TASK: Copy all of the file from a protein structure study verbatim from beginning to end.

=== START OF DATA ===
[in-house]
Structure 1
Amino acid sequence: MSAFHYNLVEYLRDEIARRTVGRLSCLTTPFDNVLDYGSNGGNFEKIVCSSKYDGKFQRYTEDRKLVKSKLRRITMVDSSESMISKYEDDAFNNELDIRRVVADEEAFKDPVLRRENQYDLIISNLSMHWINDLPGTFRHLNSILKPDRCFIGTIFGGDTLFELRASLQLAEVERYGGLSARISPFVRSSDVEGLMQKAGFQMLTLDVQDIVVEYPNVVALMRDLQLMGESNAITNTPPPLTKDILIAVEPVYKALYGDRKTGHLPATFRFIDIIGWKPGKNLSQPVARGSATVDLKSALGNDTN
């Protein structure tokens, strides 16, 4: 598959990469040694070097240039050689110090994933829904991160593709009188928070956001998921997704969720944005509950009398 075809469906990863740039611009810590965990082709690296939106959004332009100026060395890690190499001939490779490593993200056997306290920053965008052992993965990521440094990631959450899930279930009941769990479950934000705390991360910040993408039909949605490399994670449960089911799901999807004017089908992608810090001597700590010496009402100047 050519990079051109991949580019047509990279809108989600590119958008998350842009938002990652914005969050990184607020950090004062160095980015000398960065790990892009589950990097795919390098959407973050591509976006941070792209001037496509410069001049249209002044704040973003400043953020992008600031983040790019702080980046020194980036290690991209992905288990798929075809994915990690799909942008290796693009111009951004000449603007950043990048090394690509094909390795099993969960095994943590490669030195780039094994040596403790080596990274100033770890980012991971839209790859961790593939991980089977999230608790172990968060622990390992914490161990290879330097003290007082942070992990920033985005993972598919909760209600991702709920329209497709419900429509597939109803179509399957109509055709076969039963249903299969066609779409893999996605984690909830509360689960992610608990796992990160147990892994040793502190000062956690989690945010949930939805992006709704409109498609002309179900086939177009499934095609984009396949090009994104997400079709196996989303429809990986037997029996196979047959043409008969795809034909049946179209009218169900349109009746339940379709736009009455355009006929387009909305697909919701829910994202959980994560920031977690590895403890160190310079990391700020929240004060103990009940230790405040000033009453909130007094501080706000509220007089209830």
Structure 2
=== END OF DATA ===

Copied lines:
[in-house]
Structure 1
Amino acid sequence: MSAFHYNLVEYLRDEIARRTVGRLSCLTTPFDNVLDYGSNGGNFEKIVCSSKYDGKFQRYTEDRKLVKSKLRRITMVDSSESMISKYEDDAFNNELDIRRVVADEEAFKDPVLRRENQYDLIISNLSMHWINDLPGTFRHLNSILKPDRCFIGTIFGGDTLFELRASLQLAEVERYGGLSARISPFVRSSDVEGLMQKAGFQMLTLDVQDIVVEYPNVVALMRDLQLMGESNAITNTPPPLTKDILIAVEPVYKALYGDRKTGHLPATFRFIDIIGWKPGKNLSQPVARGSATVDLKSALGNDTN
């Protein structure tokens, strides 16, 4: 598959990469040694070097240039050689110090994933829904991160593709009188928070956001998921997704969720944005509950009398 075809469906990863740039611009810590965990082709690296939106959004332009100026060395890690190499001939490779490593993200056997306290920053965008052992993965990521440094990631959450899930279930009941769990479950934000705390991360910040993408039909949605490399994670449960089911799901999807004017089908992608810090001597700590010496009402100047 050519990079051109991949580019047509990279809108989600590119958008998350842009938002990652914005969050990184607020950090004062160095980015000398960065790990892009589950990097795919390098959407973050591509976006941070792209001037496509410069001049249209002044704040973003400043953020992008600031983040790019702080980046020194980036290690991209992905288990798929075809994915990690799909942008290796693009111009951004000449603007950043990048090394690509094909390795099993969960095994943590490669030195780039094994040596403790080596990274100033770890980012991971839209790859961790593939991980089977999230608790172990968060622990390992914490161990290879330097003290007082942070992990920033985005993972598919909760209600991702709920329209497709419900429509597939109803179509399957109509055709076969039963249903299969066609779409893999996605984690909830509360689960992610608990796992990160147990892994040793502190000062956690989690945010949930939805992006709704409109498609002309179900086939177009499934095609984009396949090009994104997400079709196996989303429809990986037997029996196979047959043409008969795809034909049946179209009218169900349109009746339940379709736009009455355009006929387009909305697909919701829910994202959980994560920031977690590895403890160190310079990391700020929240004060103990009940230790405040000033009453909130007094501080706000509220007089209830």
Structure 2